NEW YORK — With the Super Bowl days away, federal authorities announced a crackdown Thursday on websites that stream unauthorized broadcasts of sports events just hours after New England quarterback Tom Brady told reporters gathered in Indianapolis that he watched last year’s game on an illegal site.
Investigators seized 16 sites and brought criminal charges against a Michigan man who controlled nine of them.
U.S. Attorney Preet Bharara warned sports fans in a release that piracy costs sports leagues and broadcasters millions of dollars, forcing increases in ticket prices and other costs to consumers.
His message came soon after Brady casually mentioned his own use of illegal websites during a news conference staged in preparation for the Super Bowl on Sunday between the New England Patriots and the New York Giants.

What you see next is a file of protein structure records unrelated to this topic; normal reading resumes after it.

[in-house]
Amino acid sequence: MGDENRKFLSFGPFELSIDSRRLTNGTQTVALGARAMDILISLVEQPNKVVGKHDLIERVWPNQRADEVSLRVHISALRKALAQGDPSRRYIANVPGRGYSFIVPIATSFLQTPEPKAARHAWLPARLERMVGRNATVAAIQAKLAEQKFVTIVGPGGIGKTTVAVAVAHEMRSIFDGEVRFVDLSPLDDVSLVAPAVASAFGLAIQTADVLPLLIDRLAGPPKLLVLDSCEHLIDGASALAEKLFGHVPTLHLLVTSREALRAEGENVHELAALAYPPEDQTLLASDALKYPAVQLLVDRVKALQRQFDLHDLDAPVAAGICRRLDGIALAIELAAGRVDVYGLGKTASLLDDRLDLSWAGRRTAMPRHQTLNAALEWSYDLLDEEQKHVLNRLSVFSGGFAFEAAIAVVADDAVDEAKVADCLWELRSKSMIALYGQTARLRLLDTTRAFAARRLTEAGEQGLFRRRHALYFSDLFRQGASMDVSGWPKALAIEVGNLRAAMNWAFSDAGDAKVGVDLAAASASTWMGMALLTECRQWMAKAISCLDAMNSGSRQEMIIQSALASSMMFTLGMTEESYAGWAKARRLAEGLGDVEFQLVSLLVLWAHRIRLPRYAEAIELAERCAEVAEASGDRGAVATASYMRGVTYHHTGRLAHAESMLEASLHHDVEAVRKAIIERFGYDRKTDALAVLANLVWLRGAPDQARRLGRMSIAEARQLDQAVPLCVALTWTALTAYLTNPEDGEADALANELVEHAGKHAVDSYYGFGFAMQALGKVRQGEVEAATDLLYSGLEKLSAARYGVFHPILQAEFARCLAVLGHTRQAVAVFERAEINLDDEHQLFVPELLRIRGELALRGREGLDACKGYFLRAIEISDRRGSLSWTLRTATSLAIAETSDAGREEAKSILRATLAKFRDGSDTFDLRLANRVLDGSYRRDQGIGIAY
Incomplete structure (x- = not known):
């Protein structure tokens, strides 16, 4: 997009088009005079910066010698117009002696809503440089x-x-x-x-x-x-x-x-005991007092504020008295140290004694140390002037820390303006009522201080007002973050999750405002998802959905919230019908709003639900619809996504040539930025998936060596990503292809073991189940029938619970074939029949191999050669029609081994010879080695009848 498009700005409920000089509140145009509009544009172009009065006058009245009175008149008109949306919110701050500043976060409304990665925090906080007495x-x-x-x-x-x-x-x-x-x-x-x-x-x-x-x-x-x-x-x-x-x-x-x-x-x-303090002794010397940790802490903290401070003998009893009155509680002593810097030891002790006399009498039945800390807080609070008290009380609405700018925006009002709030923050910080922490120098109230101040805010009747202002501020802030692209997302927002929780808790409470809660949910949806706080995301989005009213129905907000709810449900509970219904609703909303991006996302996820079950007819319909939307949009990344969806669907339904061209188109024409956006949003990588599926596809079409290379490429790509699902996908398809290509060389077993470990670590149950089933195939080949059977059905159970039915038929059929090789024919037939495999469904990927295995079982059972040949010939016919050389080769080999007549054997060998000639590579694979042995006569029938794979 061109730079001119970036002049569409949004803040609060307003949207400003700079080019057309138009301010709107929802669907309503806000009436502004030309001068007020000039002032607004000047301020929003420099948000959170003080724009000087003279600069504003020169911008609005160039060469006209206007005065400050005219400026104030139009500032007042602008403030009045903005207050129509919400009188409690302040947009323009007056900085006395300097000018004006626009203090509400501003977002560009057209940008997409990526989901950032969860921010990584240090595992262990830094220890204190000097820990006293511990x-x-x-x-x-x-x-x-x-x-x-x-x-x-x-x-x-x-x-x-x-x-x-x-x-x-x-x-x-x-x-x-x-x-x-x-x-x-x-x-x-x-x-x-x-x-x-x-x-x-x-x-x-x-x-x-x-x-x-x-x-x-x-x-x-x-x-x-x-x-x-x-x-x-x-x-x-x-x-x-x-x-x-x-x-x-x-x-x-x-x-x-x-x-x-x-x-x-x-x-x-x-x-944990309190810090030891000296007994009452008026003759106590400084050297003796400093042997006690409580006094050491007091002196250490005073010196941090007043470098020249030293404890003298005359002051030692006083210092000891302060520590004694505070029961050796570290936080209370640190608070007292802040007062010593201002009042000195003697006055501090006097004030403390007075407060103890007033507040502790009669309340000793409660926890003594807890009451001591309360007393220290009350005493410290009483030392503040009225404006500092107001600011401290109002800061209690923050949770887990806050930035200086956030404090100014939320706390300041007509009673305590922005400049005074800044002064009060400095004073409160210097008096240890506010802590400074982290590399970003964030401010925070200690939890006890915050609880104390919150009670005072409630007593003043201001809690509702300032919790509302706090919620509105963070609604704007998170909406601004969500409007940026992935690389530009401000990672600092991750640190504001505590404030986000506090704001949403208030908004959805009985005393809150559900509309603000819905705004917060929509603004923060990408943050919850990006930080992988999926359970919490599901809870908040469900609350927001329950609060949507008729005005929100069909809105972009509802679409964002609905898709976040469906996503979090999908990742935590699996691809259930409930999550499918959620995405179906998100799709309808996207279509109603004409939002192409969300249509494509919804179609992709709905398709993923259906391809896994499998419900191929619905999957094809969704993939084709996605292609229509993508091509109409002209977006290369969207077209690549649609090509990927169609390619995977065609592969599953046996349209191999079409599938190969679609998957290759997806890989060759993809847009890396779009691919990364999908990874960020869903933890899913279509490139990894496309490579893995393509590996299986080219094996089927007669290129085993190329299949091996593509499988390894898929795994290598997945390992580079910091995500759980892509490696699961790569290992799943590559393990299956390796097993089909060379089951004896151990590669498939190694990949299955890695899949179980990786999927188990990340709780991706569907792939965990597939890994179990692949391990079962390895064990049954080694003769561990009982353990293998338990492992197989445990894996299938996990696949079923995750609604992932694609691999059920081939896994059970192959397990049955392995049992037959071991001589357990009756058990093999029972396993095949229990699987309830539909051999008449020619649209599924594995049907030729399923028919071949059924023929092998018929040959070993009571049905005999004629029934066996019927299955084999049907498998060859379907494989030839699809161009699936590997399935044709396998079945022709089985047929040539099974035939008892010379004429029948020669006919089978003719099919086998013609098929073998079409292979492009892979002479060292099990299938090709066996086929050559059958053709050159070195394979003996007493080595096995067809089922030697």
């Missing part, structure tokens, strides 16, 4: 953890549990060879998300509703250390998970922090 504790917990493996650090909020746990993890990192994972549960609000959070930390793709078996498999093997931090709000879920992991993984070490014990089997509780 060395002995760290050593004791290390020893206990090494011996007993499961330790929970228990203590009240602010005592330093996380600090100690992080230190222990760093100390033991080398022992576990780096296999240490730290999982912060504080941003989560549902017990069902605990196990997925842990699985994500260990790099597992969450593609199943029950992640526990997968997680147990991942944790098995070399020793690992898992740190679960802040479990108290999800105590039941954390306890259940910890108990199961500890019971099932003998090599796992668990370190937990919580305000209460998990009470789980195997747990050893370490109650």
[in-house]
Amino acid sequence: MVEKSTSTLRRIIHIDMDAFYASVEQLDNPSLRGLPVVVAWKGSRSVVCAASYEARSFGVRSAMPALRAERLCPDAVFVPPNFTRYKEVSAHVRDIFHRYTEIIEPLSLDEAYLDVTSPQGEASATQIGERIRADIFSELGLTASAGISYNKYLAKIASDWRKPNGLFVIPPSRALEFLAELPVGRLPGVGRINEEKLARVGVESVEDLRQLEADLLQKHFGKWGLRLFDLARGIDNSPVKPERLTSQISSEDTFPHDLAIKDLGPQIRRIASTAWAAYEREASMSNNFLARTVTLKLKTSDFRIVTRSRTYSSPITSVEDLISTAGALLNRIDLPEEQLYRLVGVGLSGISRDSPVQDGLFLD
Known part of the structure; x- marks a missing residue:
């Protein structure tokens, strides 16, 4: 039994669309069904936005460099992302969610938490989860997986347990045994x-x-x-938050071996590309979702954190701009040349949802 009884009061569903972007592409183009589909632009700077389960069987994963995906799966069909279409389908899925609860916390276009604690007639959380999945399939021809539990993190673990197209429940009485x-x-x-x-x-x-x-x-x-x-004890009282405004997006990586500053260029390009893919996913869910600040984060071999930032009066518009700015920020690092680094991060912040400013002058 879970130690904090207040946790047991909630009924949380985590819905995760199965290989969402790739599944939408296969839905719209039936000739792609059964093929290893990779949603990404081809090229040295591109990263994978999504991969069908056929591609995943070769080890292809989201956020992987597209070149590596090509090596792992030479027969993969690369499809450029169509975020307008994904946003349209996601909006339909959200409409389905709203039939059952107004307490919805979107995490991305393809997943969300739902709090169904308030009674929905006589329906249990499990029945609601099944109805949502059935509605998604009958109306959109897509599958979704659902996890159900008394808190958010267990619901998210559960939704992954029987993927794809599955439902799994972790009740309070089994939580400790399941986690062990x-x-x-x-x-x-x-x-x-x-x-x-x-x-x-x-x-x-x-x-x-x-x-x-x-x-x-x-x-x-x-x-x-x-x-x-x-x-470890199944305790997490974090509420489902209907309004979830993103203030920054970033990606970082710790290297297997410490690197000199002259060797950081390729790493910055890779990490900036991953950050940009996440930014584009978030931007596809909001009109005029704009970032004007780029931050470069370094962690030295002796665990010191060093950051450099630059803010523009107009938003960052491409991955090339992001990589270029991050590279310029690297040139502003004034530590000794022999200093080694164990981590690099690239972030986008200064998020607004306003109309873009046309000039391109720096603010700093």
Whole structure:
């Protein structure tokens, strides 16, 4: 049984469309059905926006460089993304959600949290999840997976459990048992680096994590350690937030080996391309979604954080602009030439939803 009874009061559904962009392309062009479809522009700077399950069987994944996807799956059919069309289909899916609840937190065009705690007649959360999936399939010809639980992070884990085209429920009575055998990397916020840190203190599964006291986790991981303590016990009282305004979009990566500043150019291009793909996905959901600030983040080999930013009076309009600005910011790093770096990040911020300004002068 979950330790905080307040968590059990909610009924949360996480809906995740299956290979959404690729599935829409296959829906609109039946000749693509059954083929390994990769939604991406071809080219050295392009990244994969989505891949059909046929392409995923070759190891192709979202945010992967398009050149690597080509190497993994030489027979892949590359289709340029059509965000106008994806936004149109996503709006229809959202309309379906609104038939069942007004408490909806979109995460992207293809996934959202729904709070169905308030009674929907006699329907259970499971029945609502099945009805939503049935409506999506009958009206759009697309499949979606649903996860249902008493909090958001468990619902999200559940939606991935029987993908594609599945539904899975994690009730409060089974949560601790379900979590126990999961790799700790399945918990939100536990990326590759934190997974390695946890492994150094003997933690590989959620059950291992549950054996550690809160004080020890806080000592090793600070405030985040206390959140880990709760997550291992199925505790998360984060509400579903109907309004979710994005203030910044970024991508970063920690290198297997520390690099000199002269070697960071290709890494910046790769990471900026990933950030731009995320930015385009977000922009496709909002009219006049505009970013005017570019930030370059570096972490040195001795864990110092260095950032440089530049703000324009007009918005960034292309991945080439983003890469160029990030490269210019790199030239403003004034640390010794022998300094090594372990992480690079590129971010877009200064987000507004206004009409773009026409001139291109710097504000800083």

“Last year I was rehabbing my foot in Costa Rica, watching the game on an illegal Super Bowl website. And now I’m actually playing in the game. So, it’s pretty cool,” Brady said.
Web operator Yonjo Quiroa, of Comstock Park, Mich., was charged Wednesday with copyright infringement. Prosecutors said he distributed football, basketball and hockey games and wrestling matches.
Quiroa appeared in federal court in Grand Rapids, Mich., on Wednesday. He was held without bail while his immigration status was under review. Larry Phelan, his lawyer, declined to comment.
Authorities said the prosecution was part of a continuing federal effort to target counterfeiting and piracy on the Internet.